You’re So Matcha: The Health Benefits of Matcha
Meet Your “Matcha”
What looks and tastes a lot like green tea but may be better at helping people lose weight, clear up acne and protect against disease?
It’s matcha, the popular powder that comes from the same Camellia sinensis plant as green tea. But here’s one big difference: Just one cup of tea made with matcha has 137 times more antioxidants than green tea.
How can that be? Let’s take a look.
The Harvesting Process Empowers Matcha’s Health Benefits
Matcha is created by a demanding method.
In springtime, the harvesting begins with tea leaves growing under shade. That prolongs the growing period, slowly letting in just enough sunlight to boost the leaves’ caffeine and amino acid theanine.
What’s theanine? It’s a stress reducer that maximizes caffeine’s effects in matcha while slowing down its speed, resulting in a more soothing energy boost.
Once the leaves are picked, they are deveined and stripped of stems. Many growers then steam the leaves to reduce oxidation, making them greener. Next, the leaves are often air-dried, oven-dried, chopped, and ground into fine green powder known as matcha.
By the time matcha reaches your cup, you are mixing the powder — almost the entire ground-up leaf — into hot water, unlike the steeping process of regular tea bags.
Since you’re drinking pulverized leaf, you’re consuming a potent concentration of the leaves’ nutrients, especially antioxidants and chlorophyll.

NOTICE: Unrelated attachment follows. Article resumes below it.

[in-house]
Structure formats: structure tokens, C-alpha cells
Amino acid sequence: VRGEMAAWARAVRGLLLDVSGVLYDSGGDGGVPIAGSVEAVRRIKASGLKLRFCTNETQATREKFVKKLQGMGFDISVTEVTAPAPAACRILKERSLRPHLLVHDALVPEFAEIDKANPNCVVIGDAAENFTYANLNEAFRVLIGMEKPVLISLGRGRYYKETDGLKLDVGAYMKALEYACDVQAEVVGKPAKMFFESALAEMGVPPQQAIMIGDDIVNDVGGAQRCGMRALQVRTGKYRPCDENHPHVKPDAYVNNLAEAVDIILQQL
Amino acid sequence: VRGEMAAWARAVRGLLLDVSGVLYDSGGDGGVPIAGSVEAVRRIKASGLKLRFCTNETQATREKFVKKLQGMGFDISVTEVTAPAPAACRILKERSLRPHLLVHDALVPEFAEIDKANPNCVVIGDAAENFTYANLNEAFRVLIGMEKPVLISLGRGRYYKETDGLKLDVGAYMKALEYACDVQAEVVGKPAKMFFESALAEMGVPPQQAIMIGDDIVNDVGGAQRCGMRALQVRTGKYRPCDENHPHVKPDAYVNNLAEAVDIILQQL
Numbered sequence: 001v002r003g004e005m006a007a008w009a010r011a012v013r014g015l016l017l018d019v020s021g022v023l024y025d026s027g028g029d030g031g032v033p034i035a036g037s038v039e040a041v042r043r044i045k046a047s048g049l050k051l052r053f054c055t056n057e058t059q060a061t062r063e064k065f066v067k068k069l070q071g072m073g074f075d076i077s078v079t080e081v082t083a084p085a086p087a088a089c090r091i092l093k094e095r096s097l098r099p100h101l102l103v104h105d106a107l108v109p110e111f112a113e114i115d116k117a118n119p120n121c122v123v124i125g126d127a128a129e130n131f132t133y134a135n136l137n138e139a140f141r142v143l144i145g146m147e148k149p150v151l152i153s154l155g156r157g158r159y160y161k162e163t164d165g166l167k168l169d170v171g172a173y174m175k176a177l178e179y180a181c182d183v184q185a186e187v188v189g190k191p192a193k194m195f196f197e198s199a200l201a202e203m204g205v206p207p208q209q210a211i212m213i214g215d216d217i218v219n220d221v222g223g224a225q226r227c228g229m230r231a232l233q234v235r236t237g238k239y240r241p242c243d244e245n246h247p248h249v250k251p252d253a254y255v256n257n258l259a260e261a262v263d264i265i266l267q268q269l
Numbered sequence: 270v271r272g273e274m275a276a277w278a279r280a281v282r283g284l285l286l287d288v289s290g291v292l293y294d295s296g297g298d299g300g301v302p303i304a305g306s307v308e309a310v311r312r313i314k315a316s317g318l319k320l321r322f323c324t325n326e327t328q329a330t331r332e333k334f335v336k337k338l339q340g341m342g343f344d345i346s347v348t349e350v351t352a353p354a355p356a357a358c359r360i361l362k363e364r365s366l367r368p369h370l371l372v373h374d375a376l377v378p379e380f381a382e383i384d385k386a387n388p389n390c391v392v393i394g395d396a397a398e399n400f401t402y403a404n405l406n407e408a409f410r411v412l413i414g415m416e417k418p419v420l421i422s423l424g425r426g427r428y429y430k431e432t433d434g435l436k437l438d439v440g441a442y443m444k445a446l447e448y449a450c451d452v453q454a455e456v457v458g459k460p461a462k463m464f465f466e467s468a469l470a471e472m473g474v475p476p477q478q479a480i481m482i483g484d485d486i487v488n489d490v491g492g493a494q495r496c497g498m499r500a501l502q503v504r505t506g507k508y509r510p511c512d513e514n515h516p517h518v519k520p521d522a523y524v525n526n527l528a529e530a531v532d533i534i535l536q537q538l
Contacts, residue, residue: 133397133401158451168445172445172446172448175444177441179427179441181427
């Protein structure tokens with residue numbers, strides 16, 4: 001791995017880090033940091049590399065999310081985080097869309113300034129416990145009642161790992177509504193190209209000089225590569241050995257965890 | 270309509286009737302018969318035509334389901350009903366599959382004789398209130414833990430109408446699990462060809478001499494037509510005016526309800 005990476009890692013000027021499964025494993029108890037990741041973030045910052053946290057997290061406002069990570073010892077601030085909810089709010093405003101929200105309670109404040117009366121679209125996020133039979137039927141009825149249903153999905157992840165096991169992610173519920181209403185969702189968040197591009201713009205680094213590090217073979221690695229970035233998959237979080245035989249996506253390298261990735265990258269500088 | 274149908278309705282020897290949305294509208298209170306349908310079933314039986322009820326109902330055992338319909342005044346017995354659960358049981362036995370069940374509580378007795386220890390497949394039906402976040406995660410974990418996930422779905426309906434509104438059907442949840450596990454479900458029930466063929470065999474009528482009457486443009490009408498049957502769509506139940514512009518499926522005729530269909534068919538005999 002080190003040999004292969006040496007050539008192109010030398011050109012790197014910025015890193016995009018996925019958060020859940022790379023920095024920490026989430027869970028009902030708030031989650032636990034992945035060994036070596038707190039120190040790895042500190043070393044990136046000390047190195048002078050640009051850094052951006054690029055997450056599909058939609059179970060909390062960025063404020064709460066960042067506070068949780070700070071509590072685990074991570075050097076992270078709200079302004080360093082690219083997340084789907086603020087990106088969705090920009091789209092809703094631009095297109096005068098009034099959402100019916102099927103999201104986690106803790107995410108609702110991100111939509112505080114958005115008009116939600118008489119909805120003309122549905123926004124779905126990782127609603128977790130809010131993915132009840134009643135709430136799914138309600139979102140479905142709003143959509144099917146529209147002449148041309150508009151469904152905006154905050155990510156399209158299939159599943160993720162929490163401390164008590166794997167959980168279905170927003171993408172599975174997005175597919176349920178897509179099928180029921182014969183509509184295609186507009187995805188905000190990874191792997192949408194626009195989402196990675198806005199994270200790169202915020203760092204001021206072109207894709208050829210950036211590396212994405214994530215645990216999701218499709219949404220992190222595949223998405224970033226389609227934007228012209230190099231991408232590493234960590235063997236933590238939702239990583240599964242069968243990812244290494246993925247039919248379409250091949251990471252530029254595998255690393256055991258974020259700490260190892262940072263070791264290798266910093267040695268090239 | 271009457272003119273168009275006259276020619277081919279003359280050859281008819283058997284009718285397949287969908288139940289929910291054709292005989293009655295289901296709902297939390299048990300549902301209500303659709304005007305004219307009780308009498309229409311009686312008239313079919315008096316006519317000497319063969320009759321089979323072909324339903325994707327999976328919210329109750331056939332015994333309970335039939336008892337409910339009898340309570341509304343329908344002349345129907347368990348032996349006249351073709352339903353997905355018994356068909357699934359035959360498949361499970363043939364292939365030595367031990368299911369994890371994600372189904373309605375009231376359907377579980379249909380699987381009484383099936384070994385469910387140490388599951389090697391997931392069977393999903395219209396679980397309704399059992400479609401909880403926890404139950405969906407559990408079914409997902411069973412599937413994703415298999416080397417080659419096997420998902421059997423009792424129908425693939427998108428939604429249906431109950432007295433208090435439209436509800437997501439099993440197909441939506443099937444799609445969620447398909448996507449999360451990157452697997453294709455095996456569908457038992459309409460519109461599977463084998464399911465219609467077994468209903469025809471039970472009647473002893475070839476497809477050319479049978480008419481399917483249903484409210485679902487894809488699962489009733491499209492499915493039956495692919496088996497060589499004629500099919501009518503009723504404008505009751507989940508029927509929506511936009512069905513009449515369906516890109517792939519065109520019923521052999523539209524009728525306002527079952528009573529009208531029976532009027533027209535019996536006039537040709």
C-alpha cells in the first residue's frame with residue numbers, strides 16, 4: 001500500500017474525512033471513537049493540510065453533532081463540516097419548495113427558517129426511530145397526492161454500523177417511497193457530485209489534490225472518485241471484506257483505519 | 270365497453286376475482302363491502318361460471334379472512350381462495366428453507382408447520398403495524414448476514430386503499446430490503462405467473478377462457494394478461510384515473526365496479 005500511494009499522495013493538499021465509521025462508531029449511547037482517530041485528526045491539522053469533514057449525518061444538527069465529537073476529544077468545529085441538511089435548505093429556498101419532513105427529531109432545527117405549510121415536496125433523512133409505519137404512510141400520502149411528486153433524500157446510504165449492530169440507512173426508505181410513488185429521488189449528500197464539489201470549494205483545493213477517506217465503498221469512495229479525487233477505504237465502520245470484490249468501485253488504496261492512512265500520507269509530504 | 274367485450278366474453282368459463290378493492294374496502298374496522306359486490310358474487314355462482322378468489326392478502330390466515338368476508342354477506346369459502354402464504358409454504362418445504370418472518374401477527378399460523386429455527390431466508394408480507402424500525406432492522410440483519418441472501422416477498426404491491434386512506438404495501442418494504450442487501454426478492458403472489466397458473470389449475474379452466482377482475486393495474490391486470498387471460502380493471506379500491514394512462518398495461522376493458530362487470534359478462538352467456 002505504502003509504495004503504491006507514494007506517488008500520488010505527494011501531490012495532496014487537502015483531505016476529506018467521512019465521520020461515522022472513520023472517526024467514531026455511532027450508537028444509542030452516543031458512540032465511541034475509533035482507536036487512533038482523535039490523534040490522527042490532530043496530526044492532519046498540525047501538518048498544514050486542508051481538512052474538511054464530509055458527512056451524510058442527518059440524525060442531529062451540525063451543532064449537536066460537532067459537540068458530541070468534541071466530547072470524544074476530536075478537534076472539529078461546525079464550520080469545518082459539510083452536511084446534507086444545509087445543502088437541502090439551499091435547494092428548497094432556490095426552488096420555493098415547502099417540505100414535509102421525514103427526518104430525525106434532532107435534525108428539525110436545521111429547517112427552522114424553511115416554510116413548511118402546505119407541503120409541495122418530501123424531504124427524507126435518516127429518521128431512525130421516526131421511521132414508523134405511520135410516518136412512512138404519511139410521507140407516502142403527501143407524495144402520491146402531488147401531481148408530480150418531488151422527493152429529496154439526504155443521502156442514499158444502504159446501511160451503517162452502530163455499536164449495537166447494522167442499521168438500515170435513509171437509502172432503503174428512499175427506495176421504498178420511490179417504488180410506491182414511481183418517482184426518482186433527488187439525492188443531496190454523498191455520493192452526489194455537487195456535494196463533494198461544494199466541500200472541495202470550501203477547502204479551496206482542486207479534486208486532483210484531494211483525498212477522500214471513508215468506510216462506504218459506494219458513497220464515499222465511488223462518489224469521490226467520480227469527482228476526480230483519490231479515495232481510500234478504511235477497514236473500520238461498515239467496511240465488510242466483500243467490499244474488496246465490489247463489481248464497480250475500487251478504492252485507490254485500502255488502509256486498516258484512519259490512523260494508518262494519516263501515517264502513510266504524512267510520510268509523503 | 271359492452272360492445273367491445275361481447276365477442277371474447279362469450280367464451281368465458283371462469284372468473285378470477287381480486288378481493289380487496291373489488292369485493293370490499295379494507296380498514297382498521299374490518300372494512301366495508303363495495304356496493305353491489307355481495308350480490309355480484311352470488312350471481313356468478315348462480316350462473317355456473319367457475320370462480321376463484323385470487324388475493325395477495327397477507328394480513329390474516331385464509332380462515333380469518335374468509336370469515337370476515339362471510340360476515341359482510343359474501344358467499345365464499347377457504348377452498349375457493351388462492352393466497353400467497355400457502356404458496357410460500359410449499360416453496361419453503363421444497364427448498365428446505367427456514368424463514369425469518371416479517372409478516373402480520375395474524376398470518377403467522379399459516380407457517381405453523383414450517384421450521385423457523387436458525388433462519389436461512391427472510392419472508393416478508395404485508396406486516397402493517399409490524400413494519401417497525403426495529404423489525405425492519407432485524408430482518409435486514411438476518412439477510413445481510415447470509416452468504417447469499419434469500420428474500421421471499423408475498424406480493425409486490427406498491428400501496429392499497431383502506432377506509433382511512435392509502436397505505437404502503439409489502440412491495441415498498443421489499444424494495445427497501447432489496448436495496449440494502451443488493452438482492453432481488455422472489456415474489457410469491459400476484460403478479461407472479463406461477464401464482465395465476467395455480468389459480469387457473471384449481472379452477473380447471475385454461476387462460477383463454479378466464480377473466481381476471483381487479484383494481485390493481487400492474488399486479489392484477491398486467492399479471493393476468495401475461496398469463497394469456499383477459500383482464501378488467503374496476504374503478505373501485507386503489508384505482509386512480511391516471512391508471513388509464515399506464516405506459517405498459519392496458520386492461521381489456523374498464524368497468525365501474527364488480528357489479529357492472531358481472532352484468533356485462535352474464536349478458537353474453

Body Part by Body Part
An energy boost is just one of the many ways matcha may be a great addition to a healthy lifestyle. Studies have shown that matcha may help people with:
- Losing weight
- Reducing anxiety and inflammation
- Fighting bacteria in wounds
- Clearing skin
- Improving memory and reaction time
- Lowering cholesterol
- Reducing the risk of heart disease and strokes
- Shrinking liver, stomach and breast tumors
- Shrinking prostate and skin cancer cells
Does Matcha Have a Downside?
Potential side effects of matcha have been similar to side effects of over-caffeination: diarrhea, and trouble sleeping when consumed too close to bedtime. To avoid over-caffeination, try limiting matcha intake to two cups per day, and have the last cup in the afternoon.
History in Every Sip
Matcha was a drink of choice among Buddhists and Zen philosophers near the turn of the 11th century, appealing to East Asian and Japanese sensibilities.
These matcha enthusiasts developed precious rituals still practiced today.
Many preparers heat water to near boiling, use a wooden spatula to push the matcha powder through a little stainless steel wire mesh to declump it, and use a bamboo whisk to break up lumps and pull powder off the sides of the tea bowl.
How you choose to enjoy matcha is up to you. You may want to make it into a bold, robust tea or turn it into a matcha latte with a bit of froth or a dash of sweetener.
“Matcha” More Than Tea
Matcha powder may make a great cup of tea, but it may also be used to amp up some favorite flavors. Add matcha to your morning smoothie, sprinkle it over oatmeal, sneak it into homemade salad dressings, or make it into dessert with our tempting recipe for Matcha in a Mug Cake!
Matcha in a Mug Cake
4 tablespoons all-purpose flour, brown rice flour, or whole-wheat flour
1 teaspoon matcha powder
1/4 teaspoon baking powder
1 tablespoon sugar, coconut sugar, or brown sugar
3 tablespoons low-fat milk, or unsweetened dairy-free milk
2 teaspoons vegetable oil, coconut oil, or grapeseed oil
Powdered sugar (optional)
In a microwave-safe mug, add dry ingredients (flour, matcha powder, baking powder and sugar). Mix well and break up any lumps.
Whisk in milk and oil until smooth. Microwave at full power for about 1 minute. Let it cool for 1 or 2 minutes.
Sprinkle with powdered sugar, if using, and enjoy!
Nutrition Information per serving: